For the longest time Eyeo has hada program where sites with “acceptable ads” can get them whitelisted (the company has also taken kickbacks from ad networks to allow ads through).
That acceptable ads program was voluntary for both users and web publishers, and so is the new iteration.
On Tuesday Eyeo announced a program where web publishers can find ads which will be allowed through Eyeo’s acceptable ads whitelist.
Starting today we’re launching the beta version of a fully functional ad-tech platform that will make whitelisting faster and easier. To do it, we teamed up with publisher platform-provider ComboTag to build what will be known as the Acceptable Ads Platform, an interactive platform that lets publishers and bloggers choose from a marketplace of pre-whitelisted ads that they can drag and drop onto their sites.
The AAP will cut the whitelisting process from weeks to seconds, and all publishers have to do is implement a single line of code. If you’d like to read more about it, we put out a press release this morning detailing it.
A lot of the coverage is hostile (Boing Boing, for example, says that Eyeo is “taking a shit on both of us”) but most of that is coming from web publishers who are pissed that anyone is blocking adverts, much less that Eyeo is selling replacement ads.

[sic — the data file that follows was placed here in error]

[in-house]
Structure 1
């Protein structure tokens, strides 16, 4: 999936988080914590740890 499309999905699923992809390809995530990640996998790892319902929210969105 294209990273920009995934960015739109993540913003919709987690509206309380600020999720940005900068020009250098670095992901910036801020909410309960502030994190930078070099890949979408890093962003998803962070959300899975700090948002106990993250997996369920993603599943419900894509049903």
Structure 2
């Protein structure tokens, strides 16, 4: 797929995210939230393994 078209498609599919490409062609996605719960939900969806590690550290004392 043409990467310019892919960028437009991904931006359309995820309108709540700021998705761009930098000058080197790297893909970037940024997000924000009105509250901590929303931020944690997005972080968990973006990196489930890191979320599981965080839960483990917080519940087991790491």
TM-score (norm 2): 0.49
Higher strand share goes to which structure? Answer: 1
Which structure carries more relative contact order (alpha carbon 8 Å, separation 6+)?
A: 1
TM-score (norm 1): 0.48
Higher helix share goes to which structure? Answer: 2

I too was initially irked by the news; while I am fine with users blocking ads, I’m not so happy that Eyeo is selling them.
But once I confirmed that this was opt-in, and managed to stop looking at it from the viewpoint of a web publisher, I figured out what we are really seeing here.
Eyeo has launched an ad network which blocks the most annoying adverts, the loudest adverts, and the most dangerous adverts. It’s an ad network which respects the user.
In my view, that makes this an “ethical” ad network. That is a market niche which almost everyone is ignoring; in fact, the only other company I can name which is addressing the problem of annoying adverts is Brave and its web browser.
Say what you will about how Eyeo got to this point, but this ad network only exists, and it _can_ only exist, because online advertising is so terrible.
The bandwidth-draining adverts, the malware-serving adverts, and the spying adverts are all indirectly responsible for bringing this ad network into existence, and web publishers who use those ads are directly responsible.
Those publishers and their annoying ads created both the need and the opportunity for Eyeo’s new ad network.
It’s not evil, it’s not terrible, and it’s not even illegal.
Instead, this ad network is merely a reflection of the problems in online advertising.
image by StevenSimWorld